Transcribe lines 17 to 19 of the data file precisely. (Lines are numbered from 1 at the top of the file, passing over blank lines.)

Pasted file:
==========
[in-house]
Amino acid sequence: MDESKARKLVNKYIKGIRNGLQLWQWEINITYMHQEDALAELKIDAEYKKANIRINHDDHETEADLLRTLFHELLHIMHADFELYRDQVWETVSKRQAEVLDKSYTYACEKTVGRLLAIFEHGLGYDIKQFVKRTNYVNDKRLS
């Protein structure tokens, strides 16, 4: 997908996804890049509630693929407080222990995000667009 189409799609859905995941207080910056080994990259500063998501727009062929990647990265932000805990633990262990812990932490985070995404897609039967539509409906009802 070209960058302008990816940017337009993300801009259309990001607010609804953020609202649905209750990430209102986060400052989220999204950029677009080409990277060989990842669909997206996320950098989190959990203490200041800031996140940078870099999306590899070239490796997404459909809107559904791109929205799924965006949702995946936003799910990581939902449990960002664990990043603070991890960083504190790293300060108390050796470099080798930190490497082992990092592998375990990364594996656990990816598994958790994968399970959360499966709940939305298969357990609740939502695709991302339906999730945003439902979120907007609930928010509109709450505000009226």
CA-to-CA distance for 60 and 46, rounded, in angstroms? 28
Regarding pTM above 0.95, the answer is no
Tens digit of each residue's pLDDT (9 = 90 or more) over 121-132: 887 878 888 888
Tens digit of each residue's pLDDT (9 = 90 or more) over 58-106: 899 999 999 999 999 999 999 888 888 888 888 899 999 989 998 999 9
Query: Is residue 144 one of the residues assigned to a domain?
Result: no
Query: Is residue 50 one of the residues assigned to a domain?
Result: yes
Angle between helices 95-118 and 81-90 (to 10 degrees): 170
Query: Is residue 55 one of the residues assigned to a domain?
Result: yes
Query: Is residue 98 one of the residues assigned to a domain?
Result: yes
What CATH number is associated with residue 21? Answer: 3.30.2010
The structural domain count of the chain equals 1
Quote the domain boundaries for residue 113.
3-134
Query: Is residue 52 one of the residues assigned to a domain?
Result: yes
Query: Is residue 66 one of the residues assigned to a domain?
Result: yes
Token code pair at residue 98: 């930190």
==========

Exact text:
What CATH number is associated with residue 21? Answer: 3.30.2010
The structural domain count of the chain equals 1
Quote the domain boundaries for residue 113.